To determine the Constitutionality of any law, previous Supreme Court decisions are the final and absolute yardstick all laws are measured against. These past decisions are called Supreme Court Precedence.
The actual text of the Constitution is the final and absolute yardstick all laws are measured against. When the Supreme Court considers the constitutionality of any law it must measure the law against the original text of the constitution and its plain meaning when it was written.
The Supreme Court cannot substitute rulings of past Supreme Courts for the actual Constitution. These decisions often conflict with the actual text and meaning of the constitution. Supreme Court justices are not infallible. They are subject to personal and political biases just as everyone else. Some have shown an extraordinary amount of political bias and a complete disregard, even intense dislike, for the original constitution.
Article 6 Clause 2 of the Constitution states what is considered the supreme law of the land. There is no mention Supreme Court precedents. This clause clearly states that the Constitution is the supreme law of the land and no laws whether federal or state can violate the constitution and be legally binding. Rulings and precedents are not listed in this clause as being supreme law of the land so they are not meant to play any role in determining the constitutionality of any law. They are often nothing more than a collection of personal and political biases of previous Supreme Court justices.
The founding fathers strongly believed in preserving the historical context along with the actual text of the constitution when trying to determine the meaning of the Constitution. James Madison, Thomas Jefferson , and other founding fathers advocated for using transcripts from the Constitution convention, the Federalist Papers, and other of their publications to determine the meaning of the different provisions of the Constitution.
The founding fathers were strongly against judges inserting their own political and personal views when determining the constitutionality of any law. They considered this an impeachable offense for Supreme Court Justices. According to the Constitution, Supreme Court Justices only hold their office if they maintain good behavior. The founding fathers understood that when justices insert their own views into the judicial process they are not exhibiting good behavior and should be impeached. This is a principle of English Common law which the founders derived our entire legal system from. However the framers did not specify this in the actual Constitution. They believed this was commonly understood. They were wrong because no Justice has ever been impeached for this offense which is now rampant.
Thomas Jefferson and other founding fathers realized they did not include strong enough protection against an out of control Supreme Court in the Constitution. Jefferson proposed an amendment that never went anywhere that would have restrained the Supreme Court. He feared an out of control Supreme Court could weaken all of the provisions that chained down the federal government, preventing it from concentrating all power in Washington DC. He knew this would lead to an out of control federal government that would be very destructive to our individual liberty and our nations prosperity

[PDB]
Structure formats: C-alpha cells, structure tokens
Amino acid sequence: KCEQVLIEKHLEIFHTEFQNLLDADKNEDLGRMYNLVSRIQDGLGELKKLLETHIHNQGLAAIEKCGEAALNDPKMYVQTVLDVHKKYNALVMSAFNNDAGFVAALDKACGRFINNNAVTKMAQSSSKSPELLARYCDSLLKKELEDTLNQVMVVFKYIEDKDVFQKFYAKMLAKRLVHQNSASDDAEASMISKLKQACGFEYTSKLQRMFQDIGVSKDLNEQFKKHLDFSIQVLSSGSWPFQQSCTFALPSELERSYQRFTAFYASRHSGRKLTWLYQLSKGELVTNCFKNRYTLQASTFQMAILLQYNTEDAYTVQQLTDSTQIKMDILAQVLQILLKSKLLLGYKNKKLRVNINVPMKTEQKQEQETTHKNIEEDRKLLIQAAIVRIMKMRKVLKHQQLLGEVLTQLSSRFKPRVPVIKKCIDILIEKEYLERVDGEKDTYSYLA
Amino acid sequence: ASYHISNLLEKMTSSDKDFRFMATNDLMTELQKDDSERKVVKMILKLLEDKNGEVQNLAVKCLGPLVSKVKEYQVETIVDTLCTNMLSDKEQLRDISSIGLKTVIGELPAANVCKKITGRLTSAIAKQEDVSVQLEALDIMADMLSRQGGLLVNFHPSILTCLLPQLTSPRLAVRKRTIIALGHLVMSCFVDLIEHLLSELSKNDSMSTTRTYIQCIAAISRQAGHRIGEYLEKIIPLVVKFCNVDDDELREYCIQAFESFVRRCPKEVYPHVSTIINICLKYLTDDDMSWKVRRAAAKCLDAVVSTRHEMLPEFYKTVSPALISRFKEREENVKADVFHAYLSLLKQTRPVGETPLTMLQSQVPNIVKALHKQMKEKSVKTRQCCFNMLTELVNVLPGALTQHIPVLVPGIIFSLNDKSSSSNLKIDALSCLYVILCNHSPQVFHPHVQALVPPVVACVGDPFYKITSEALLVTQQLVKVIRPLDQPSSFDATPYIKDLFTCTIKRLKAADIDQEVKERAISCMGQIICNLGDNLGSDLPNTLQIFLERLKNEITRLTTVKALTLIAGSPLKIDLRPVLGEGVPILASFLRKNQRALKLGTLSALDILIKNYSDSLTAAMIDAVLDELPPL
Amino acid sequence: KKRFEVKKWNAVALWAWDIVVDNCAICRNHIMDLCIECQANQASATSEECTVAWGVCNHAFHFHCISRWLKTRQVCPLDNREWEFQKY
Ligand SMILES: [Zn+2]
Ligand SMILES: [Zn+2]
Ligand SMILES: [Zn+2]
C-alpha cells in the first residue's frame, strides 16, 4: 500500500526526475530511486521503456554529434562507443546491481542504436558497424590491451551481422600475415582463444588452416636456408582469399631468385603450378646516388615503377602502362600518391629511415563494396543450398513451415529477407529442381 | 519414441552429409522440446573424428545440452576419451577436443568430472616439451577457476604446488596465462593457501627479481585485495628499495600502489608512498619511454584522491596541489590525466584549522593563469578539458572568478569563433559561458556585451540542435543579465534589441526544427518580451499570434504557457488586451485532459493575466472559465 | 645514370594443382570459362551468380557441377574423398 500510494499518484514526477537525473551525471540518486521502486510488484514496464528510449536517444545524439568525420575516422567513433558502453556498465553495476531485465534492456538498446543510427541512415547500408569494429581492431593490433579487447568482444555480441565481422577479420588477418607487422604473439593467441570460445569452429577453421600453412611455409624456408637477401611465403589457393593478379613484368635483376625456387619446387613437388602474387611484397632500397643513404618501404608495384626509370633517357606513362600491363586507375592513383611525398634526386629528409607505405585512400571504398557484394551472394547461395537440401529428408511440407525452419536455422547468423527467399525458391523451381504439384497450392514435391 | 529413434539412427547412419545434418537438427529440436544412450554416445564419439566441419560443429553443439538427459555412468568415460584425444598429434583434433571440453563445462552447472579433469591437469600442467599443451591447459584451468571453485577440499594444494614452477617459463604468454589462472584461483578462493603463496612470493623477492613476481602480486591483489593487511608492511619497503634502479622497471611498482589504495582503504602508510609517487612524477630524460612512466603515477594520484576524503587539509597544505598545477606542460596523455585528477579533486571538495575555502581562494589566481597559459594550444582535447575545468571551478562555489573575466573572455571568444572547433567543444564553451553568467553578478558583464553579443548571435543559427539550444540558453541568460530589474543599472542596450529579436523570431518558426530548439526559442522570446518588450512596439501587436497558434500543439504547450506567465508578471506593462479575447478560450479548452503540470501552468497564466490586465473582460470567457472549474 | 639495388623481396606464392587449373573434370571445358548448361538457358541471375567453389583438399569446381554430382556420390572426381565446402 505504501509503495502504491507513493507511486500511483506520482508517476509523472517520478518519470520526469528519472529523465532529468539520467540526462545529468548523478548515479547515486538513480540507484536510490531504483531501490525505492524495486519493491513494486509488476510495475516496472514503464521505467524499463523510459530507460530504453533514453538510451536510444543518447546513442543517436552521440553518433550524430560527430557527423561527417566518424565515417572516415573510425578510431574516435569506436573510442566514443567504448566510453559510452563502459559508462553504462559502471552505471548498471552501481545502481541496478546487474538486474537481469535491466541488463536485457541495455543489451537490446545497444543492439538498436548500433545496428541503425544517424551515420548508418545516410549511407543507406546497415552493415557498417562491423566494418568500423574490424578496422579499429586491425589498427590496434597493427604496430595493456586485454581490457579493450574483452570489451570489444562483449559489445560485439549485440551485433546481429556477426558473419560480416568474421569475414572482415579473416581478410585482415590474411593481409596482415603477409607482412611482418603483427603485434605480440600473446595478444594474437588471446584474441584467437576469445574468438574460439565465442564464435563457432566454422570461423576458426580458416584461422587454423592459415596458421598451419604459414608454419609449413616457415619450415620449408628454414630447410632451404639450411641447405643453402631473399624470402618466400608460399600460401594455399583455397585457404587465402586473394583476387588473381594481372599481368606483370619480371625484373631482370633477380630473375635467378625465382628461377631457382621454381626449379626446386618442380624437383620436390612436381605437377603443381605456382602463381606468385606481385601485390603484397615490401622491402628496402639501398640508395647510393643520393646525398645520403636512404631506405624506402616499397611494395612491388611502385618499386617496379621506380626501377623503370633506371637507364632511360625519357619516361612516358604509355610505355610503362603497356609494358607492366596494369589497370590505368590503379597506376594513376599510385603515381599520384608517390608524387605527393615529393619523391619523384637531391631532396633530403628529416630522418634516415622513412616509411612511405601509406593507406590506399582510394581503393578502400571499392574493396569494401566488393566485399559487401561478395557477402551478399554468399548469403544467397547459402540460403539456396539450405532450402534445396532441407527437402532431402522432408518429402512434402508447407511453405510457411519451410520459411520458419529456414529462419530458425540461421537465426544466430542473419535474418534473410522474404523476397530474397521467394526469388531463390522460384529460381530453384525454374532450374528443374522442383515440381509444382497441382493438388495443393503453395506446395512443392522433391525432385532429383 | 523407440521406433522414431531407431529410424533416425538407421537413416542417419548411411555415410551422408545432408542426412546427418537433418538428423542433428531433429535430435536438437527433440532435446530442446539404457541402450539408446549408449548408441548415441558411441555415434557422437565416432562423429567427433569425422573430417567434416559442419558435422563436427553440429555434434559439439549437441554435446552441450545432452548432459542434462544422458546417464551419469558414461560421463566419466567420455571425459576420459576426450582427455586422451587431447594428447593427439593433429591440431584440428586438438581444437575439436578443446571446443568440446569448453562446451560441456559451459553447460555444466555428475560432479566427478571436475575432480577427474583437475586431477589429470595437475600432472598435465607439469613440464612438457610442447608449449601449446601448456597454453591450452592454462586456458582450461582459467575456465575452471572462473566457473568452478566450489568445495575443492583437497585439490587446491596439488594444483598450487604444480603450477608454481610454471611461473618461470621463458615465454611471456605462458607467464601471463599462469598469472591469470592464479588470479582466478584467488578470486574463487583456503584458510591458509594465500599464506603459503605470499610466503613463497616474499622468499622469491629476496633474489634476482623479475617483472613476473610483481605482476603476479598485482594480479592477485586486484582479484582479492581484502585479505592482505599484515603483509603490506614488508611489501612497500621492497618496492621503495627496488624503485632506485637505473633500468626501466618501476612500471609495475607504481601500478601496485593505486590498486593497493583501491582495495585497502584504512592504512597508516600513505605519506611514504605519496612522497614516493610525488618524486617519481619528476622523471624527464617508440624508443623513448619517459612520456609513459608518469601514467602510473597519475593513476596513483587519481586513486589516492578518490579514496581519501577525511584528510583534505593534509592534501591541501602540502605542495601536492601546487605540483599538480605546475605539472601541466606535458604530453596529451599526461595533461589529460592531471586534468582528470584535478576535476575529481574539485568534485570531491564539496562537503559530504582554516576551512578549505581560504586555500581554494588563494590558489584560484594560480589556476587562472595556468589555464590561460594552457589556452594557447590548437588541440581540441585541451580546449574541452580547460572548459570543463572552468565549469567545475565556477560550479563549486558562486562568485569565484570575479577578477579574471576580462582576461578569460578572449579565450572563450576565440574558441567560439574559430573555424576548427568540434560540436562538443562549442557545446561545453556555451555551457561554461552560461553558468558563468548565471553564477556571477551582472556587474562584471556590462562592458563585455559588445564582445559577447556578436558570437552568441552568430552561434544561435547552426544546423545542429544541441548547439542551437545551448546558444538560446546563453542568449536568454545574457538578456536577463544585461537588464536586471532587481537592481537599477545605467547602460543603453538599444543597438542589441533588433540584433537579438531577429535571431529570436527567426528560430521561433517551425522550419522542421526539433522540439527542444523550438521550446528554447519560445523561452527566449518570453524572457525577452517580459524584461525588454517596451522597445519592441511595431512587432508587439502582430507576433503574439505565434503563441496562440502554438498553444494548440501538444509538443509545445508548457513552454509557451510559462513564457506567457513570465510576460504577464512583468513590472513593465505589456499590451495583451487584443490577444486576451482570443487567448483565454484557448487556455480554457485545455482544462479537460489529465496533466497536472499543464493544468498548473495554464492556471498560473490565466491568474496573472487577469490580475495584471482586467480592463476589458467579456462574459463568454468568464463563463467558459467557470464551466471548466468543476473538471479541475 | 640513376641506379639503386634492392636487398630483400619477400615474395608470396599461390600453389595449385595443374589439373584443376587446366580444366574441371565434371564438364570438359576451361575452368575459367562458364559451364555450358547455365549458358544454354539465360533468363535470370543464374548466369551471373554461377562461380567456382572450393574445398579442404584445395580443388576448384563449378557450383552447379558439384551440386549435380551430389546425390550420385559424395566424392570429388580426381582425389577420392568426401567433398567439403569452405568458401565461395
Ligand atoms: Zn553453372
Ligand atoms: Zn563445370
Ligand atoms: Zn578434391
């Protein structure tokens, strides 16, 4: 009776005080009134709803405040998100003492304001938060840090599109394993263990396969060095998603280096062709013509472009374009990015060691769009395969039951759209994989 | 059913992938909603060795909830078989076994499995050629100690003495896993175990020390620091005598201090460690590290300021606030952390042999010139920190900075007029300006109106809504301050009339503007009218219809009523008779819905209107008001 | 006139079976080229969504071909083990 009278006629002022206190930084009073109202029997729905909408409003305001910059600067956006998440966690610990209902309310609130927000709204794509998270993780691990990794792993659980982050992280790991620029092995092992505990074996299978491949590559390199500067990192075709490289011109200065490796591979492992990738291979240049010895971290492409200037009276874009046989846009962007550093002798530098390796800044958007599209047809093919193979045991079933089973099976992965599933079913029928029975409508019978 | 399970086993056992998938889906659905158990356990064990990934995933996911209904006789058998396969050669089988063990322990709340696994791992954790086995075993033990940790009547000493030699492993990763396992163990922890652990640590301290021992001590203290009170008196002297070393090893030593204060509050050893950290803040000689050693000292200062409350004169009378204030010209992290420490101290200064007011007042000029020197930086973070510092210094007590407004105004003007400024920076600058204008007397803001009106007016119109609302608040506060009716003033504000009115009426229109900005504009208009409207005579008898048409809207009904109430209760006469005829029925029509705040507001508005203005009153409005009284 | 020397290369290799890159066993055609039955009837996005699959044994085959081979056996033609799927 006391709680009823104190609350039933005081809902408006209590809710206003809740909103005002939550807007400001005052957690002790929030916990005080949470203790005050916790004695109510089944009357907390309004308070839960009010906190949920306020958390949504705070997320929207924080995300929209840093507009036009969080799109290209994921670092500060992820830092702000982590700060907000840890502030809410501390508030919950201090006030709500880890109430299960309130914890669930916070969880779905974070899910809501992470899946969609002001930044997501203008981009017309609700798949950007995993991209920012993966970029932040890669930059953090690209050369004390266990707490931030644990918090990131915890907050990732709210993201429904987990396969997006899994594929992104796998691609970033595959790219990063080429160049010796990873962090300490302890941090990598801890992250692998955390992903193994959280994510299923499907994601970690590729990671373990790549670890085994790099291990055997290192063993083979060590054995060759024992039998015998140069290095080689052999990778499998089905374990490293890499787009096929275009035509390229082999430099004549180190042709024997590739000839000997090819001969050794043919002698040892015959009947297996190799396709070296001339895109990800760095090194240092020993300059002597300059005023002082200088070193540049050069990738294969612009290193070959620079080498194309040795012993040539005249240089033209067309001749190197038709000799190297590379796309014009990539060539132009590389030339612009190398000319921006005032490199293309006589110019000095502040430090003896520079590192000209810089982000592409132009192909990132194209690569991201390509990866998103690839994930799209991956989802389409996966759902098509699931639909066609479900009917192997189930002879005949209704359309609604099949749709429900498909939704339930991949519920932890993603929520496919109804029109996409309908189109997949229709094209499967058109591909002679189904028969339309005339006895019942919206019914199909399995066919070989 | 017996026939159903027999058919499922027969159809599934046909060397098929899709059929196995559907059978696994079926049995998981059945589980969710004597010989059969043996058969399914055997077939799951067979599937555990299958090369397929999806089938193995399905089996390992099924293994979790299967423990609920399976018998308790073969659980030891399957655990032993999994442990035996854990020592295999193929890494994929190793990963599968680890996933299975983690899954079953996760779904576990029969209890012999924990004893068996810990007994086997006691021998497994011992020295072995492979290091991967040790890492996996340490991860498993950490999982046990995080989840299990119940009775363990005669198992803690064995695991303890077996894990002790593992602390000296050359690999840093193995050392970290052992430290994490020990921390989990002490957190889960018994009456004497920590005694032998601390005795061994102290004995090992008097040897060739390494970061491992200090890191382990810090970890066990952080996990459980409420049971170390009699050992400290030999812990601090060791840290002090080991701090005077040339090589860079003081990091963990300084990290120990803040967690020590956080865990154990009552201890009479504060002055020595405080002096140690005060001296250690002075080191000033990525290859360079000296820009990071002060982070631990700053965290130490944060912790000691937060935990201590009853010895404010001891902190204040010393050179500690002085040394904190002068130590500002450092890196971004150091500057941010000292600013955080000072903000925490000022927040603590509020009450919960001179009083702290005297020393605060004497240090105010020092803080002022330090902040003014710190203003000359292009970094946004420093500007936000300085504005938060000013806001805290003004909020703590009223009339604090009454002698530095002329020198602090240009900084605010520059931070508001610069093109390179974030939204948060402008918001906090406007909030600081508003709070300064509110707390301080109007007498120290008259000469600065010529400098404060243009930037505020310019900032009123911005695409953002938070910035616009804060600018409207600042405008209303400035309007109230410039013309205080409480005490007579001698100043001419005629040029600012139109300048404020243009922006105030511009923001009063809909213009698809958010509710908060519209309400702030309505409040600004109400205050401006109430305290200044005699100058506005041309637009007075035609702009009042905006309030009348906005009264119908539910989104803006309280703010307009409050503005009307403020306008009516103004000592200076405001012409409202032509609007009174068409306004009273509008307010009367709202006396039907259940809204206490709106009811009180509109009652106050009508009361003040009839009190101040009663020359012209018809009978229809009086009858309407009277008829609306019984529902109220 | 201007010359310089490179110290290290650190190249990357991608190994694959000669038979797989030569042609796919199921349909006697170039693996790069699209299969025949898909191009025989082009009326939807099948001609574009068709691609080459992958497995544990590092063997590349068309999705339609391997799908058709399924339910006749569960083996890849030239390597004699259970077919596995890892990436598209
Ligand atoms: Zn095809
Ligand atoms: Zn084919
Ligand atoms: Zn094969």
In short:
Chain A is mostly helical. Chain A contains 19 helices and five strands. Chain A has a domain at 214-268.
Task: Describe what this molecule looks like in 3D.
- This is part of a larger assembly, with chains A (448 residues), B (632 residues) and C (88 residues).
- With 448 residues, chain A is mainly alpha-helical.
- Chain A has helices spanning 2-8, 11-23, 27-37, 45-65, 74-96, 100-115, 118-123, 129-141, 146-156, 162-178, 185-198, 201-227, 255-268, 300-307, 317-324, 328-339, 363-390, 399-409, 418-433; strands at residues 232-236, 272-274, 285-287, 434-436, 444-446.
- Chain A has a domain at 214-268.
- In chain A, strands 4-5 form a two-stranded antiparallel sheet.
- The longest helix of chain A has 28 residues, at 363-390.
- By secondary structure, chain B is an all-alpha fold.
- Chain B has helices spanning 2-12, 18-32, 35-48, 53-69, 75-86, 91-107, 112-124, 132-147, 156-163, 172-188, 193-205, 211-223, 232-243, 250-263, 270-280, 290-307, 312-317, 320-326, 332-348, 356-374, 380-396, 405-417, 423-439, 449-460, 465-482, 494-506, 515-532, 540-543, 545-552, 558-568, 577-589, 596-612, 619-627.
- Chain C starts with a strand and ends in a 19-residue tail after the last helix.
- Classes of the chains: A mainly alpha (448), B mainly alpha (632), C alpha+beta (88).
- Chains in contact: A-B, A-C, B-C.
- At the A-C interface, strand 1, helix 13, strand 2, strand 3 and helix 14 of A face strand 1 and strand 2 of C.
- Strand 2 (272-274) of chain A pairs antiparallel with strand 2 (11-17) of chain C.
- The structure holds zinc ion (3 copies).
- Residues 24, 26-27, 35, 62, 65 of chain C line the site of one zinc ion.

This use of Supreme Court precedents is a relatively new phenomenon dating back to its first use in 1895. It did not become widespread until after 1936., when FDR threatened to stack the Supreme Court. Before then the Supreme Court mainly stuck to the original intent and meaning while using the Federalist Papers and other similar publications as their guide. There were many instances where the Supreme Court inserted their own biases before 1936 but since then it has become widespread. By using precedence from after 1936 the Supreme Court has used these tainted decisions as justifications for more and more outrageous rulings.
Here is a link to a letter Thomas Jefferson wrote to William Jarvis on this subject
Article 6 Clause 2 of the Constitution
This constitution, and the laws of the United States which shall be made in pursuance thereof; and all treaties made, or which shall be made, under the authority of the United States shall be the supreme law of the land; and the judges in every state shall be bound thereby, any thing in the constitution or laws of any state to the contrary notwithstanding.
Federalist Paper 78 by Alexander Hamilton
How should we interpret the Constitution?
The Constitution on which our Union resides shall be administered according to the safe and honest meaning contemplated by a plain understanding of the people of the United States at the time of adoption. A meaning to be found in those advocating, not those who opposed it. Thomas Jefferson
On every question of construction let us carry ourselves back to the time when the Constitution was adopted, let us recollect the spirit manifested in the debates and trying what meaning may be squeezed out of the text or invented against it, conform to the probable one in which it was passed Thomas Jefferson
Why is important to preserve the original intent of the founding fathers?
Our peculiar security is in the possession of a written Constitution. Let us not make it a blank piece of paper by construction. Thomas Jefferson
What will happen if we disregard the original intent of our founding fathers?
The explanations are preserved in the publications of the time. Do not separate text from historical background. If you do, you will have perverted and subverted the Constitution, which can only end in a distorted, bastardized form of illegitimate government.